The courts have though found some rather remarkable things to amount to good consideration, ensuring a child was happy (Ward v Byham [1956]), or empty chocolate wrappers (Chappell v Nestle [1960]). Indeed in contrast perhaps to White v Bluett, an American case of Hamer v Sidway (1891) did find that a promise to not drink or gamble was good consideration. Those cases tend to show that the courts do take a rather pragmatic approach to this issue and so long as some consideration can be found its exact form is less important.

Past Consideration There is one major point where consideration is often not considered acceptable and that is where it is what the courts call past. To return to my PS2, lets suggest that instead of asking 75 for it I take pity on you because you are badly strapped for cash and accept only 20, the following day after successfully picking 4 balls on the lottery you say you will pay me an extra 75 once you've claimed the money. When you try to claim the money you discover that you've only won 50 can I claim the extra 75?

The courts would say no; I have not given any consideration for the 75, the consideration is past. To show this in action in the courts look at the case of Eastwood v Kenyon (1840) 11 A & E 438. In that case a man had become the legal Guardian of a girl who stood to inherit a considerable sum in the future. He spent considerable money of his own on her estate and education. When she came of age she promised to pay him back the money he had spent, she shortly after married and her new husband again reiterated the promise.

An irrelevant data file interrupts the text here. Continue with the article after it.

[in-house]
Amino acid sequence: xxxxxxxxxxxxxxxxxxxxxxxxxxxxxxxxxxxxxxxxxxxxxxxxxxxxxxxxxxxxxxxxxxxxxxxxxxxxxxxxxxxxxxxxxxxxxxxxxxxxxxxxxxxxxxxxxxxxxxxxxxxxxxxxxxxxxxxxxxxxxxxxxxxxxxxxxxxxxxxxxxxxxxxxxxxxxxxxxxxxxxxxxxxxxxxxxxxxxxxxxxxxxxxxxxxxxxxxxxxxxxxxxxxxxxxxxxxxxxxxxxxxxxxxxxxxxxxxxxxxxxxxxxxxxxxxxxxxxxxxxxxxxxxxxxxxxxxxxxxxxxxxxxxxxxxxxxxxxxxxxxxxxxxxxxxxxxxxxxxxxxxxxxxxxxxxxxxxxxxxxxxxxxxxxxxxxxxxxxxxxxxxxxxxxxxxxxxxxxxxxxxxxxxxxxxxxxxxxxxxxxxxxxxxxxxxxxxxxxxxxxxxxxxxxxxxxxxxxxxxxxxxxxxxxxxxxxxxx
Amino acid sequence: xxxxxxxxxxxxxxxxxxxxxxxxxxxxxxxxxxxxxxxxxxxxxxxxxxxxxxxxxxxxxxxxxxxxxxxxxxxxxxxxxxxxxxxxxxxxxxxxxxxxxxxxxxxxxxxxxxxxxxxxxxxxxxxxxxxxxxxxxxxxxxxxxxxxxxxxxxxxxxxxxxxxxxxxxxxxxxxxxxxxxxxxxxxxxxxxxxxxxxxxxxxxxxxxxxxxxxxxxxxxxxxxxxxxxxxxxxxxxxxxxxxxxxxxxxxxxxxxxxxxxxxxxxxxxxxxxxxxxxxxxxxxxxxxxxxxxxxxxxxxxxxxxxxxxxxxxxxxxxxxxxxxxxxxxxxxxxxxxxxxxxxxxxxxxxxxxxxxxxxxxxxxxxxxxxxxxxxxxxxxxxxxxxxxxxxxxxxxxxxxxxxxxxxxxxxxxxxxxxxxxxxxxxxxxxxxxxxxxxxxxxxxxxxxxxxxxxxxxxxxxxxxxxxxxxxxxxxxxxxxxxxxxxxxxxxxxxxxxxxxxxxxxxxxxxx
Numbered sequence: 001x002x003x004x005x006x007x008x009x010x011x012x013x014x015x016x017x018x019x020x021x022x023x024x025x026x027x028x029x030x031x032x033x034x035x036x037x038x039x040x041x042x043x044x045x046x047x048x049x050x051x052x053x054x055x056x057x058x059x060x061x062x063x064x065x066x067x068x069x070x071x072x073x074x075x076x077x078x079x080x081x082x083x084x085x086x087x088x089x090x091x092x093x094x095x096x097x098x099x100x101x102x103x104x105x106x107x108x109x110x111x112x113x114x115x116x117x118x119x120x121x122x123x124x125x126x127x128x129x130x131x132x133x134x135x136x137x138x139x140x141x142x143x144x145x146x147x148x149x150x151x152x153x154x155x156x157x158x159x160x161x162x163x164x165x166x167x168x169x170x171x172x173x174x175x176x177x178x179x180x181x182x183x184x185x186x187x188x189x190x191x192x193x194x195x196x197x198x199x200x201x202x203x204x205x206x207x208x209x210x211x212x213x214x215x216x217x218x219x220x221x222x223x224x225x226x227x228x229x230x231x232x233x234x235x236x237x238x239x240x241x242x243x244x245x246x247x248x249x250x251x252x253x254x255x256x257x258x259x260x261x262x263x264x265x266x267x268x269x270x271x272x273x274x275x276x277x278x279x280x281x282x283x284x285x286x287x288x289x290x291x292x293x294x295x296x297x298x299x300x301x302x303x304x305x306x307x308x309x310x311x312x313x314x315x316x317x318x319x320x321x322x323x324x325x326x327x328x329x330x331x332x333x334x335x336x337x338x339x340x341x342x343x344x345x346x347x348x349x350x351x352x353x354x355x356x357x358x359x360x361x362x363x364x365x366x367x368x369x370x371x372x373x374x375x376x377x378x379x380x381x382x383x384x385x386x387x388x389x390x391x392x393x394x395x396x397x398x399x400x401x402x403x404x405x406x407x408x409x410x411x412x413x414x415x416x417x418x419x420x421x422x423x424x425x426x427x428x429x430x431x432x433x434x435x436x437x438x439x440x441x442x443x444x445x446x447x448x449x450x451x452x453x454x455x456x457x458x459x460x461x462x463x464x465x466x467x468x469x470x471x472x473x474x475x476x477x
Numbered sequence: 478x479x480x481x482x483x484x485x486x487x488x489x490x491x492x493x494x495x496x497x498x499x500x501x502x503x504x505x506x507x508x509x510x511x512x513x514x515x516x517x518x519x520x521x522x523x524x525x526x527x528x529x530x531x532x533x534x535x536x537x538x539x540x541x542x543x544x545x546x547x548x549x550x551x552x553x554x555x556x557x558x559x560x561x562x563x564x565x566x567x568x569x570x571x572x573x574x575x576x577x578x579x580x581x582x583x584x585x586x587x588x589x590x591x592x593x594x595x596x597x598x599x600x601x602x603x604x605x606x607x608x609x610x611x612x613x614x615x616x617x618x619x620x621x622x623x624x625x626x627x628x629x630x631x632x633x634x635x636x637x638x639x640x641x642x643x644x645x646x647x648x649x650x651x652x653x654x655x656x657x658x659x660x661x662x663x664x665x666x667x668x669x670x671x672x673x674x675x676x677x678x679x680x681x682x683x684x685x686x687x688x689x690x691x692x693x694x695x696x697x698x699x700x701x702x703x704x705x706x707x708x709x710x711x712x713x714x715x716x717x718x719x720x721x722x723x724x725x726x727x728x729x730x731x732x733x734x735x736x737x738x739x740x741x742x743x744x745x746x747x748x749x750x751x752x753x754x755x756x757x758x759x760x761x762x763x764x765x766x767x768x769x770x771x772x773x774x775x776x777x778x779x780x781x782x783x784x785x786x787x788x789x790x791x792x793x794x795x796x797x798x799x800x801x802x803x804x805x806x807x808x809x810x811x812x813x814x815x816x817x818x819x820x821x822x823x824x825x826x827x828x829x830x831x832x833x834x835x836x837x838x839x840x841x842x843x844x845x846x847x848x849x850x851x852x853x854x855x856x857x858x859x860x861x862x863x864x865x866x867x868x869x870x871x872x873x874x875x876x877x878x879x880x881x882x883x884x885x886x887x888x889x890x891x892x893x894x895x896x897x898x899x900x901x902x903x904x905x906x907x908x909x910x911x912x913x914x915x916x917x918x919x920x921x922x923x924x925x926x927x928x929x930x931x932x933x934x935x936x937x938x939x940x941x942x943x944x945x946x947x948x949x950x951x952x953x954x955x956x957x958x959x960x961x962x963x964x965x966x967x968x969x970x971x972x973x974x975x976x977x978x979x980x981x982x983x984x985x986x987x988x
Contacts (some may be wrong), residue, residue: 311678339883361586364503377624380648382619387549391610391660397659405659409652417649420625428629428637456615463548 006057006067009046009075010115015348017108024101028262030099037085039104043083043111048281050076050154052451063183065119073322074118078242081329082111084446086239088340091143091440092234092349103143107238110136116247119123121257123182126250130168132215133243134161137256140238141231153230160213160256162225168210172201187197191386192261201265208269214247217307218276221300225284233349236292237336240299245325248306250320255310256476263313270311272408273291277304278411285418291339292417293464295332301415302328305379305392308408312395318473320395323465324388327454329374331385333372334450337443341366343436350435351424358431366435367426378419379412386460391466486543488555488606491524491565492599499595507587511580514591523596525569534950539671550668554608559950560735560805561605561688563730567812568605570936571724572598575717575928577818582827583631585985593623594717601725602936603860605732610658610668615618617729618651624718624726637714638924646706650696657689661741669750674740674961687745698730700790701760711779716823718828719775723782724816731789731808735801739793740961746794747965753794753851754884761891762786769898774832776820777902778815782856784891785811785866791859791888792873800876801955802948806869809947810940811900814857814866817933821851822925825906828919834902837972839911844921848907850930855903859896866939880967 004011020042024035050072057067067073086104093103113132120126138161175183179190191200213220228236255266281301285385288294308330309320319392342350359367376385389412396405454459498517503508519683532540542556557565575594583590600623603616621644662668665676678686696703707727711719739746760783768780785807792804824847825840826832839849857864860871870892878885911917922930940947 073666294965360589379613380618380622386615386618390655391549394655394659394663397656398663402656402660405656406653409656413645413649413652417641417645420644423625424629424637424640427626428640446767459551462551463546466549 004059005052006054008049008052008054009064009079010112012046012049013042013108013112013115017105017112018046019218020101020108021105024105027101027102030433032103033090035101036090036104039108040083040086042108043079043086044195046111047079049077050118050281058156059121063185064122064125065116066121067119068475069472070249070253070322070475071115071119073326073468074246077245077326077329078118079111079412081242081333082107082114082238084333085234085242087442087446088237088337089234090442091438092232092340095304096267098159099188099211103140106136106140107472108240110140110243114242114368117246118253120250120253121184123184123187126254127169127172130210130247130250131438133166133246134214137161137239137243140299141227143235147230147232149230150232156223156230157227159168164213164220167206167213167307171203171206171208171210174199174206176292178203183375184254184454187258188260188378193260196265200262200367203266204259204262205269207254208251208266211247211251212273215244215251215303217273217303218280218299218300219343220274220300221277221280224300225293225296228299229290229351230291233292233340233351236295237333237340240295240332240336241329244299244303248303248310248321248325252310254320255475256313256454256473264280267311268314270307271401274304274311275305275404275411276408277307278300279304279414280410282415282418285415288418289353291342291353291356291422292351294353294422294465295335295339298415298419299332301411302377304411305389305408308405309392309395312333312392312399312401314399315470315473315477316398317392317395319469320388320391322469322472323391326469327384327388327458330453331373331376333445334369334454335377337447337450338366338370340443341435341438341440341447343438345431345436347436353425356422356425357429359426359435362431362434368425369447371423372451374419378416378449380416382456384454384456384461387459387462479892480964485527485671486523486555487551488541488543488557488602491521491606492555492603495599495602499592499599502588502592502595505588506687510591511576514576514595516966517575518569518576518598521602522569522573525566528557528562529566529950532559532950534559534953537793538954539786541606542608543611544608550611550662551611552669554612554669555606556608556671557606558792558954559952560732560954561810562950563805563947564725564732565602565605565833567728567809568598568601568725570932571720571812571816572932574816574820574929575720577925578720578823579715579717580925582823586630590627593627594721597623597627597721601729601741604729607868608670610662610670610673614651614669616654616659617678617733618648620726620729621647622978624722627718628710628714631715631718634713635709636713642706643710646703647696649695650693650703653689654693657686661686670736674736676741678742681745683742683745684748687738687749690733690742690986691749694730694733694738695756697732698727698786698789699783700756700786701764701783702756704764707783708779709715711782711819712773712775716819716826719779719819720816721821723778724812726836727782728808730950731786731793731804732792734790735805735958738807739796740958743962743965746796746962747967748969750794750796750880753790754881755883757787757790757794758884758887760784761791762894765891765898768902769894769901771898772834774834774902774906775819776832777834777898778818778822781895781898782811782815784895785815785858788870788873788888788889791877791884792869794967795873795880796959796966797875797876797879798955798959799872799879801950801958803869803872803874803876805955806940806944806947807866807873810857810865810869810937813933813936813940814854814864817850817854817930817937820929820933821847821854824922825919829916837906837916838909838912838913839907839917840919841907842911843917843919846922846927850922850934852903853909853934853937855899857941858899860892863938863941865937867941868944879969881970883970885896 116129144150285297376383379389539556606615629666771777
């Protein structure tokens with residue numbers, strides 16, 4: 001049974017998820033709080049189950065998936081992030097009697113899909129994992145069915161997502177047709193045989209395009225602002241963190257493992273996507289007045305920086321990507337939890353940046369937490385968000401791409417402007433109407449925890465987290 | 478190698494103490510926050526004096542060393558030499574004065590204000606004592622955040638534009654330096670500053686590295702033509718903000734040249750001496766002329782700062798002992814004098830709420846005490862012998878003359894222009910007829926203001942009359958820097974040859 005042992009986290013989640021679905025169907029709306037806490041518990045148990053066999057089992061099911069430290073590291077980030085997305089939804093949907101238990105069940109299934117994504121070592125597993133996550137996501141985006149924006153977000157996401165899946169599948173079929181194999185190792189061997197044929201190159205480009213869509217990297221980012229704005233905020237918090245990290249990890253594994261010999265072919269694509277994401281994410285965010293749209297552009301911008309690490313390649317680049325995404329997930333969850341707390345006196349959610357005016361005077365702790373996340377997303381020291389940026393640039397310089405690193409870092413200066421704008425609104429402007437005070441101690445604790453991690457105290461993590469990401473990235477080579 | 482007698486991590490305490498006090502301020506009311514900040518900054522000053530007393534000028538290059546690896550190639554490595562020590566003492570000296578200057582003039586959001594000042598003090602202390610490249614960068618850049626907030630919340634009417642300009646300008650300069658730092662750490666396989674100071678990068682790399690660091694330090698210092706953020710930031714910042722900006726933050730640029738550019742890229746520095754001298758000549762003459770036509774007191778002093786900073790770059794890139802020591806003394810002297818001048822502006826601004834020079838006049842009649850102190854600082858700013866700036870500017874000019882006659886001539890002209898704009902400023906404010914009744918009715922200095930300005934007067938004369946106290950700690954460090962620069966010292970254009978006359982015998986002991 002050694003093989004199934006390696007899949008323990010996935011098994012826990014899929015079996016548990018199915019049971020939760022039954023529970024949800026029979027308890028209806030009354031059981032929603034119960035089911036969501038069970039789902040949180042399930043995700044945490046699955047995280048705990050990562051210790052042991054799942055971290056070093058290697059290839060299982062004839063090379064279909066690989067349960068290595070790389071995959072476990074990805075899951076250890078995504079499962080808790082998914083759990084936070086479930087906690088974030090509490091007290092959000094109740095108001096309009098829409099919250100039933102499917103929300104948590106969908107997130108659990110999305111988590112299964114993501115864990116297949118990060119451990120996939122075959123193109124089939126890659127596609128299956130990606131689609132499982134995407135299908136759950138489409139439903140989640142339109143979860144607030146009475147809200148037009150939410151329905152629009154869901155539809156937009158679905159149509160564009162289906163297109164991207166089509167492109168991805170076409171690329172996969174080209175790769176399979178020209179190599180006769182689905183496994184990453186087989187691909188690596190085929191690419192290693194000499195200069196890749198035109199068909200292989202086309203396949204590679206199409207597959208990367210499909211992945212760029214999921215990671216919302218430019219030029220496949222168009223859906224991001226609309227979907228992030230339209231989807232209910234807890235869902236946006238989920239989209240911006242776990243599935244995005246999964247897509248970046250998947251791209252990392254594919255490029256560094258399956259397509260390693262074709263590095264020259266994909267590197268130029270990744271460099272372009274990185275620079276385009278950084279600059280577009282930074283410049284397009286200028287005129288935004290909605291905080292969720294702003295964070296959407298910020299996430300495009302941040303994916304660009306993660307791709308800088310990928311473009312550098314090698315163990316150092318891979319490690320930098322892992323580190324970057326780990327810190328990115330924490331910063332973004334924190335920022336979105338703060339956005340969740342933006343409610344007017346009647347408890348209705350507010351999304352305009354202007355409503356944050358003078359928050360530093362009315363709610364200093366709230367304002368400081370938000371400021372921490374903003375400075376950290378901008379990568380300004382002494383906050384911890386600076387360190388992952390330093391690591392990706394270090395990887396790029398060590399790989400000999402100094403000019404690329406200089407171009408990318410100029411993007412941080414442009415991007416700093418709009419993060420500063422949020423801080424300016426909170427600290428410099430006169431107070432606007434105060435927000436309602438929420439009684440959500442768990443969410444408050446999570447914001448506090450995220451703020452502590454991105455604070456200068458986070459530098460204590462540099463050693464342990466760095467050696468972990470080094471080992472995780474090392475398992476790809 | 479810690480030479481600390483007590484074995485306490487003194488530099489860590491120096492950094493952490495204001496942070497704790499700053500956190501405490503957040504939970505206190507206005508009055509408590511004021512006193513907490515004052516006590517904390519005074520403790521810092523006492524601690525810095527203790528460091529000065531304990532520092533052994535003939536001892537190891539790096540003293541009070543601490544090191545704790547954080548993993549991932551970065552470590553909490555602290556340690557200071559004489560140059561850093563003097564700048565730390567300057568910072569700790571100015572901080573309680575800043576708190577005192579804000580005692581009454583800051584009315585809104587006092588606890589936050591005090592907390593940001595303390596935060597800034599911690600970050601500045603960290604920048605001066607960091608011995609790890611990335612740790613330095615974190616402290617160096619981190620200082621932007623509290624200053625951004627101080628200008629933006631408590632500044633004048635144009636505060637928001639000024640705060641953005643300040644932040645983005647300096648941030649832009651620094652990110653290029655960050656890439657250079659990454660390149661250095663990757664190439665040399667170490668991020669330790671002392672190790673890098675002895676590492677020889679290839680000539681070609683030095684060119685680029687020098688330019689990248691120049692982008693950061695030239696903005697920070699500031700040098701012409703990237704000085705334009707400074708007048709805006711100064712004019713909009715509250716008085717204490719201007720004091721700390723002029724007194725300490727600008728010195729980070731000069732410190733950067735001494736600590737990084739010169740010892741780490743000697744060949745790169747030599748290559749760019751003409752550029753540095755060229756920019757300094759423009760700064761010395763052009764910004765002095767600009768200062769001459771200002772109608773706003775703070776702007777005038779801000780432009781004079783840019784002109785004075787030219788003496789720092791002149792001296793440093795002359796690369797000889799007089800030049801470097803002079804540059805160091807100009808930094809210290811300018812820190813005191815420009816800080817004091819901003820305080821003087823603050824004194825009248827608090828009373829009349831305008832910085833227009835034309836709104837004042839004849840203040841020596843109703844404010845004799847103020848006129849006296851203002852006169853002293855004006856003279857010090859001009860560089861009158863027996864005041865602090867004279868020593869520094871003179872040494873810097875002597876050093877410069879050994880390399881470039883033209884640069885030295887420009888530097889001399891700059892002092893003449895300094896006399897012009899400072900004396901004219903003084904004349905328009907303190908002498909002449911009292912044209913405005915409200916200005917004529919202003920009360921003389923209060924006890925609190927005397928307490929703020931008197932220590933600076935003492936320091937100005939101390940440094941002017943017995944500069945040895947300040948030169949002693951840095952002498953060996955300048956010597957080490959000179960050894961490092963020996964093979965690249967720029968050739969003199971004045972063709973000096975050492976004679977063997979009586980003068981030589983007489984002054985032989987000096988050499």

This promise was never kept but his attempt to force the payment failed because he had provided no consideration for such a payment. His original actions were entirely gratuitous and not done in the expectation of payment. For a more recent case that reached a similar conclusion see Re McArdle [1951] Ch 669. In the above cases is there not a moral obligation to pay? Do you think the courts should perhaps be rather more understanding? The courts have in many other areas of contract law had to perhaps re-evaluate a traditional doctrine slightly in the face of modern commercial practices and this is one such area.

Although in its strictest principle the doctrine is still perfectly good law the courts have shown some tendencies to find that what at first might appear to be past consideration is in fact good consideration. The leading explanation of this comes from a Privy Council case Pau On v Lau Yiu Long [1979] 3 All ER 65 where Lord Scarman provides this summary. "An act done before the giving of a promise to make a payment or to confer some other benefit can sometimes be consideration for the promise.

The act must have been done at the promisors' request: the parties must have understood that the act was to be remunerated either by a payment or the conferment of some other benefit: and payment, or the conferment of a benefit, must have been legally enforceable had it been promised in advance. " Lord Scarman was not creating new law as such with that statement but was perhaps instead placing some already accepted points into a better framework. This can be seen by looking at the three points raised in succession.